Every Oscars acting category is white
Are the Oscars really so white?
For the second year in a row, the Oscar ballot features only white contenders in the acting categories. This while strong performances by black actors, including Michael B. Jordan (Creed) and Idris Elba (Beasts of No Nation), are snubbed by the academy.
The re-occurrence of the #OscarsSoWhite controversy—last year the exclusion of Selma caused a backlash—inspired everyone from Jada Pinkett-Smith to Spike Lee to speak out and boycott the Oscars. Others, to put it charitably, took different stances. I’m looking at you, Charlotte Rampling!
While a campaign to diversify the Oscars has been heating up over the last two years, the awards’ whiteness has always been a problem. Instead of meaningfully addressing this lack of diversity, Hollywood seems to love to pat itself on the back for the Academy wins of Denzel Washington and Halle Berry in who both won best leading actor and actress in 2001.
After a month of controversy and frustration over the lack of diversity in the nominations, a lot can still be said about the film industry and its acceptance of prominent black actors and actresses. There are promising signs of change.
Cheryl Boone Isaacs is a key figure in this conversation because she is the first African-American to be elected president of the Academy of Motion Picture Arts and Sciences (AMPAS). In an interview with the Associated Press last year, Boone Isaacs said that those behind the Oscars are “committed to seeking out diversity of voice and opinion.” Well, judging by this year’s slate of nominees, not a lot has changed yet.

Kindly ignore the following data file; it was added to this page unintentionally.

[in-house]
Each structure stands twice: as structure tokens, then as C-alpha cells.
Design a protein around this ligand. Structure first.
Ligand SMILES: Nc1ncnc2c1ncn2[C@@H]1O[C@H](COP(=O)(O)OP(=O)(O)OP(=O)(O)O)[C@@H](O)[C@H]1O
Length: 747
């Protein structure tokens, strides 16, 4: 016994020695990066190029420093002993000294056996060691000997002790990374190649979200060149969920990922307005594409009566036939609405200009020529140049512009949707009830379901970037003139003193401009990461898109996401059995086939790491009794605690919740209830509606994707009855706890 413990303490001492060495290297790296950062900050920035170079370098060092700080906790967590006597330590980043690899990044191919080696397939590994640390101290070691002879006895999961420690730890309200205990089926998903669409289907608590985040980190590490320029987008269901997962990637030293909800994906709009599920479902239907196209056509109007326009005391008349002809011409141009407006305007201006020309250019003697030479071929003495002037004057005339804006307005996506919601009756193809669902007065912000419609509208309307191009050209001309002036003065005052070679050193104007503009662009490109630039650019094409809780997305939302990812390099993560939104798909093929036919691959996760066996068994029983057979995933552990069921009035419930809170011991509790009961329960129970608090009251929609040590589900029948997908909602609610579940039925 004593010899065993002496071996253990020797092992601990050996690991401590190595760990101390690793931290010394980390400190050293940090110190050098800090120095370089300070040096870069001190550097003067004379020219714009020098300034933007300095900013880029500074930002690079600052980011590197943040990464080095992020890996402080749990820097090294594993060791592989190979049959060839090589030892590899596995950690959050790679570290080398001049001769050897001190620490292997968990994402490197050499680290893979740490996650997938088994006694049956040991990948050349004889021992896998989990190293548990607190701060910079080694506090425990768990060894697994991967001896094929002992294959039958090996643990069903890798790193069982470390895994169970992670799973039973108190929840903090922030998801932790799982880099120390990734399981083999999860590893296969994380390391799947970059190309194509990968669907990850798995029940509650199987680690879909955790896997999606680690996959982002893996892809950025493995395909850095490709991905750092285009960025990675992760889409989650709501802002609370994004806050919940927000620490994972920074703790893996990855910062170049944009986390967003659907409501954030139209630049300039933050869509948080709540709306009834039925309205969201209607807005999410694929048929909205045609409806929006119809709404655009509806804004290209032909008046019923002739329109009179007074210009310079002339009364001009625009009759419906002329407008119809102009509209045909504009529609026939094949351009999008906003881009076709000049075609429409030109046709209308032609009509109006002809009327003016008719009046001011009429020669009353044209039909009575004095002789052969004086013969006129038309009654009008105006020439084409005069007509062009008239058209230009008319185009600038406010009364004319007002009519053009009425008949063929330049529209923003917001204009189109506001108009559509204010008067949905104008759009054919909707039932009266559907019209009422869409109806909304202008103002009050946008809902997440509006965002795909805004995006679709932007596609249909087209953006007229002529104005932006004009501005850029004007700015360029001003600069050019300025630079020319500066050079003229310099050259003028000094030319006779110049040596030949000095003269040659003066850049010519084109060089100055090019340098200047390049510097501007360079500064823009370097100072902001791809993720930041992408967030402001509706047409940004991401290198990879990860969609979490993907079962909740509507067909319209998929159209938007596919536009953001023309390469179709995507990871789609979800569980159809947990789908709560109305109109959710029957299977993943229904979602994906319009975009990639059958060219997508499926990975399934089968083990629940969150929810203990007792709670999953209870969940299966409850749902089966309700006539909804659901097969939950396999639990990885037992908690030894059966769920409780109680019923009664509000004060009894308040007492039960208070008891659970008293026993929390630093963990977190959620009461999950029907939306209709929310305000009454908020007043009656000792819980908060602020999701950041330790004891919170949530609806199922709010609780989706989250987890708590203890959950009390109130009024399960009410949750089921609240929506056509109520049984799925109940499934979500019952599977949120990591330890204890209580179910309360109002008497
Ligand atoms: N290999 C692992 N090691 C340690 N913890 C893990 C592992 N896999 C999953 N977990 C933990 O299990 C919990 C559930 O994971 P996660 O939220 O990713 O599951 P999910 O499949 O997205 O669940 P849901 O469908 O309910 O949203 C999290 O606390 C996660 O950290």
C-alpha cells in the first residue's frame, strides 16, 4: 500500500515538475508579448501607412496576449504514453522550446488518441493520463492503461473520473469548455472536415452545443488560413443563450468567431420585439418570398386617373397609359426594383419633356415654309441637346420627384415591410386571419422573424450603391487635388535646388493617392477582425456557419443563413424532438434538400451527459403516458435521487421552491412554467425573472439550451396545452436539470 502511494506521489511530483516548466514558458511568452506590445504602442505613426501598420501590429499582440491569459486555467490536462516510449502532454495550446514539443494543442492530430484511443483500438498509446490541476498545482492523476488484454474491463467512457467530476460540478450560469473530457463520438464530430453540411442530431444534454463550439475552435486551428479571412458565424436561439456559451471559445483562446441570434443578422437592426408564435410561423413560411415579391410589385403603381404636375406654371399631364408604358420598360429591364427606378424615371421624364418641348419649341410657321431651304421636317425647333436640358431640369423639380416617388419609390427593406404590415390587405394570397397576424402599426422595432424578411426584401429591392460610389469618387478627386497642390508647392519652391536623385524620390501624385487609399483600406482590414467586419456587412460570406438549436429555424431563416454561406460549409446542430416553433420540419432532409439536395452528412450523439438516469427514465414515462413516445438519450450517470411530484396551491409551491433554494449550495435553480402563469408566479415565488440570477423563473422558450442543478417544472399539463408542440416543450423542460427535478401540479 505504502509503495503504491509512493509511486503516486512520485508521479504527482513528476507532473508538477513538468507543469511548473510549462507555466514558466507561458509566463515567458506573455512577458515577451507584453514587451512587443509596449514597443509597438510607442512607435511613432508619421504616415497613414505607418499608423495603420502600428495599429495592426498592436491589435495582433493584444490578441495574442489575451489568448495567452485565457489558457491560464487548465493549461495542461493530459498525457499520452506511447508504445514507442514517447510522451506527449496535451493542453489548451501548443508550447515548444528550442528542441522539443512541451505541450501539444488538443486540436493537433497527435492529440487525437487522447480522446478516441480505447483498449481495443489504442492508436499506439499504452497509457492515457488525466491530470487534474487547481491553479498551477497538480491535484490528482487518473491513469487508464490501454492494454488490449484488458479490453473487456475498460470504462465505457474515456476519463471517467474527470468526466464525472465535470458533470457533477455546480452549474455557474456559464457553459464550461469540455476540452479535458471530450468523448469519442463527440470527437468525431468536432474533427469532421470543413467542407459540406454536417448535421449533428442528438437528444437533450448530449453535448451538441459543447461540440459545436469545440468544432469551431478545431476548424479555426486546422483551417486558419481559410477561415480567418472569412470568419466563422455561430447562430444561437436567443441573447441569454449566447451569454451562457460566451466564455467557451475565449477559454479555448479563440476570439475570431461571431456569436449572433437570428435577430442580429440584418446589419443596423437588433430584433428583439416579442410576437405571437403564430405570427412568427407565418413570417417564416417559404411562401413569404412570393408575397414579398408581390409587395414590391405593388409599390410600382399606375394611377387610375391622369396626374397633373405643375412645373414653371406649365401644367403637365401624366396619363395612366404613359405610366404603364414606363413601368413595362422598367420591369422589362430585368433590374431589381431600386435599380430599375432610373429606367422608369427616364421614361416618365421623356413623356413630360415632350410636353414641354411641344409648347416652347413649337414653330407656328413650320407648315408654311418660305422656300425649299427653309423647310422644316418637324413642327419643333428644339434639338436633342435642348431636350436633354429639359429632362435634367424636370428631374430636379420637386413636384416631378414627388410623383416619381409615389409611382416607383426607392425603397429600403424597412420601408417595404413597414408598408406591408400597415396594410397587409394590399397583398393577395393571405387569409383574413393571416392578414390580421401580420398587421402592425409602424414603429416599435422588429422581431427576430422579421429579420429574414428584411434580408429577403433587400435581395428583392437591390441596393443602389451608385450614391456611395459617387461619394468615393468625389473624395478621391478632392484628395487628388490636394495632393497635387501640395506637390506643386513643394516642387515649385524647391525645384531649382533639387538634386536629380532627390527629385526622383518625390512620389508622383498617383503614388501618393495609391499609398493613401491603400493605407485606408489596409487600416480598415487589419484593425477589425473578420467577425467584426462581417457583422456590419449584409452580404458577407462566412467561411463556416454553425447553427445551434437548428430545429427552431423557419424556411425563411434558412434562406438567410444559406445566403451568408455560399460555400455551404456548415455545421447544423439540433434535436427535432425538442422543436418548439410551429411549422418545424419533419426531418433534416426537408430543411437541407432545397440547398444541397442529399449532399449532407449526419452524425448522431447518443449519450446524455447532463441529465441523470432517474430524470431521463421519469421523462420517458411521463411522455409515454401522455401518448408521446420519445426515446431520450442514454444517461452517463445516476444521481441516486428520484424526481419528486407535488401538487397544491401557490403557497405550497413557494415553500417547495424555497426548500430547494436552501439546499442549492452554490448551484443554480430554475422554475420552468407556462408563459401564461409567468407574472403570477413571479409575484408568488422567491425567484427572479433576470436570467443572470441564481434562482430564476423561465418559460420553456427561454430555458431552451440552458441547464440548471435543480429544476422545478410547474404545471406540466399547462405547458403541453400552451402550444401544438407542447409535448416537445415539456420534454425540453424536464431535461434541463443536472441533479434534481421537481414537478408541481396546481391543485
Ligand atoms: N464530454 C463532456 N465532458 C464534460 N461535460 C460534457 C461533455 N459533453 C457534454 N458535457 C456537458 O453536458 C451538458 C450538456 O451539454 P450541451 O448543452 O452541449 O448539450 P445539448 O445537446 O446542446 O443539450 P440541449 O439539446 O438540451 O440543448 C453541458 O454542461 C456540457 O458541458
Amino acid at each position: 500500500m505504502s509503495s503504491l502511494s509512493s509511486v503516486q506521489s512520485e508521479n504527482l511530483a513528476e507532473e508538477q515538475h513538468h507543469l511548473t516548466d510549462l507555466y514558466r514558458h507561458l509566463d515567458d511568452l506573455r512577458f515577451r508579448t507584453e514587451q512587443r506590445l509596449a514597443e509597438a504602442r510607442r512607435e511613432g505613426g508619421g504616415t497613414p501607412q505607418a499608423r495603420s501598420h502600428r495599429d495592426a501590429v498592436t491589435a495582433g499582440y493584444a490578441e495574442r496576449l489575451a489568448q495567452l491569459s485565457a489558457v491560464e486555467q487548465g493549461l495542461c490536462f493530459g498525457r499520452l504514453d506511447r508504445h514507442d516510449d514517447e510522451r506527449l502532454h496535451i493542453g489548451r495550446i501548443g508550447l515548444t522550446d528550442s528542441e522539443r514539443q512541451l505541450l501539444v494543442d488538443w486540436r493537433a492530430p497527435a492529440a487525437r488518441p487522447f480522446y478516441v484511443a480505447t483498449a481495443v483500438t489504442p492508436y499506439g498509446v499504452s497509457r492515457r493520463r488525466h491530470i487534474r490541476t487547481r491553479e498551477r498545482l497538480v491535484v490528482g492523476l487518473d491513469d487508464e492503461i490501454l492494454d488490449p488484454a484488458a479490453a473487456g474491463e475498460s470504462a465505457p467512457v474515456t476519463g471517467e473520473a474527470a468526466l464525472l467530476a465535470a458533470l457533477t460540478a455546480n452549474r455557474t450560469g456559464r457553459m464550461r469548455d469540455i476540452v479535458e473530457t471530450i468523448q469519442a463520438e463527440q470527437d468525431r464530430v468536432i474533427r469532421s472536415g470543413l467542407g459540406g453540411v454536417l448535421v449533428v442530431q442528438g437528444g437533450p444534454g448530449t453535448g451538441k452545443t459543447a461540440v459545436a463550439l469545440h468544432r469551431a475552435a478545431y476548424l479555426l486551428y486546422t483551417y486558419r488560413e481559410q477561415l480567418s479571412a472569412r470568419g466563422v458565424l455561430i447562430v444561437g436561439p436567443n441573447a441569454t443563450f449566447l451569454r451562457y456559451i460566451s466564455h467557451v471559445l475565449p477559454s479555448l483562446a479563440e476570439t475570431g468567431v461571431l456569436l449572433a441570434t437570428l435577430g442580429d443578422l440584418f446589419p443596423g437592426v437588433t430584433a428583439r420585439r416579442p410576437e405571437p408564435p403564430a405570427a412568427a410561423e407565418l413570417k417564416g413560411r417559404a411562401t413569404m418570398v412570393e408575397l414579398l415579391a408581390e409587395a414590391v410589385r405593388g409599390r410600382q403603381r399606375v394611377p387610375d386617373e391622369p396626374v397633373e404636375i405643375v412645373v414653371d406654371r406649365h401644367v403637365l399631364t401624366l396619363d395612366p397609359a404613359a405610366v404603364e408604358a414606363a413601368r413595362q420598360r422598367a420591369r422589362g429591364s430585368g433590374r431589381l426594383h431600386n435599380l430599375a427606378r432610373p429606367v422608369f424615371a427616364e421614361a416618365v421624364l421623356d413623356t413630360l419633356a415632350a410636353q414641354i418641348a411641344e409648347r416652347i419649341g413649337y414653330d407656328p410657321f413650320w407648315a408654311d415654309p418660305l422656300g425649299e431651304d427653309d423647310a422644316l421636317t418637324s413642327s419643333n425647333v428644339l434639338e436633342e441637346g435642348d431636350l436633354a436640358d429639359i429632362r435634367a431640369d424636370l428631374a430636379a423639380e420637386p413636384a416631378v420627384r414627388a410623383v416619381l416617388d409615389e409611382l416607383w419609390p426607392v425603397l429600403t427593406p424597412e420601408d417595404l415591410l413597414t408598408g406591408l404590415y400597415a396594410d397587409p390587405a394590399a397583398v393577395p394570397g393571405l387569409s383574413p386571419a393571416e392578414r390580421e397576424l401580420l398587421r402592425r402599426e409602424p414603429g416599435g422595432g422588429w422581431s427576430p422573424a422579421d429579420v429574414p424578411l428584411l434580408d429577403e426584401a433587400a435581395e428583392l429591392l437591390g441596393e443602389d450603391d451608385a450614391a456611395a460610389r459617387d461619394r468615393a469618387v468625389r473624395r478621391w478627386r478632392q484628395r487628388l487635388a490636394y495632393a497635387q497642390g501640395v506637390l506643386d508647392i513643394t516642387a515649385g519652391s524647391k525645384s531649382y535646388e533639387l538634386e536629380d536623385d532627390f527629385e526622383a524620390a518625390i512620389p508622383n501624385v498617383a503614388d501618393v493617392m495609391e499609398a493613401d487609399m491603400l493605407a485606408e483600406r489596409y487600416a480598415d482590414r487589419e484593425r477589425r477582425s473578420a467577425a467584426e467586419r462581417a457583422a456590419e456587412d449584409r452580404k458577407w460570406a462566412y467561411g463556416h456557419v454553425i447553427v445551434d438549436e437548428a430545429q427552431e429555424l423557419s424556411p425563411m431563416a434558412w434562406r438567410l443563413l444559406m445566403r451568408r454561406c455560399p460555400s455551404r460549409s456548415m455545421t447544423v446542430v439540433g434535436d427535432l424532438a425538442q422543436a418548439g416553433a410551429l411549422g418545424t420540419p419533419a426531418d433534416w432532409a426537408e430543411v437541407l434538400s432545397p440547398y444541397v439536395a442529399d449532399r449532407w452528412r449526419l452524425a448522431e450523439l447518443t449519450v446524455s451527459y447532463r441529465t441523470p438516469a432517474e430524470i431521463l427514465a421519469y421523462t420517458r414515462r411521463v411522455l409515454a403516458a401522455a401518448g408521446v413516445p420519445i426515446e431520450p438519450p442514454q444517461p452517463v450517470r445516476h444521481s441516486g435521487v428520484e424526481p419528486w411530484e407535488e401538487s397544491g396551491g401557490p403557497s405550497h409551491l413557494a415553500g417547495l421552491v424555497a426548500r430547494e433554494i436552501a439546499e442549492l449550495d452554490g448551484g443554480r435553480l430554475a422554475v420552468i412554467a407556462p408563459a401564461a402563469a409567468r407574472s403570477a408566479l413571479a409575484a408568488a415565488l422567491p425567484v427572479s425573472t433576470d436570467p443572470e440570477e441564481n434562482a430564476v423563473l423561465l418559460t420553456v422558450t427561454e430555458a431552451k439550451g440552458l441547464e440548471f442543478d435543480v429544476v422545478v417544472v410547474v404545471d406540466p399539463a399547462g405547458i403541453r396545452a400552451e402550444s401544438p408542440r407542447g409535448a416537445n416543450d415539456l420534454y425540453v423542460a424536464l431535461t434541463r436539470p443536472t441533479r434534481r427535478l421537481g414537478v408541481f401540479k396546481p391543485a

Still, I believe someone like Leonardo DiCaprio, a prominent white actor, who is nominated for his role in The Revenant, should be the first to boycott the Oscars. DiCaprio has been snubbed from winning the golden statue after multiple nominations over his career. He is the present day poster child for Oscar snubs. Every few years, he is in a major movie release, gets nominated and falls short of winning.
The Oscars should simply be about choosing the best film, not choosing the best non-white person in a movie to please a specific demographic.
The simplest solution would be to create a more diverse nomination process that celebrates the diversity in the film industry from all races. And it seems as though that change is on the way.
Following this year’s controversy, AMPAS announced big changes to its membership practices. Included in the announcement was a goal of committing “to doubling the number of women and diverse members of the Academy by 2020.”
“The Academy is going to lead and not wait for the industry to catch up,” said Boone Isaacs in a statement.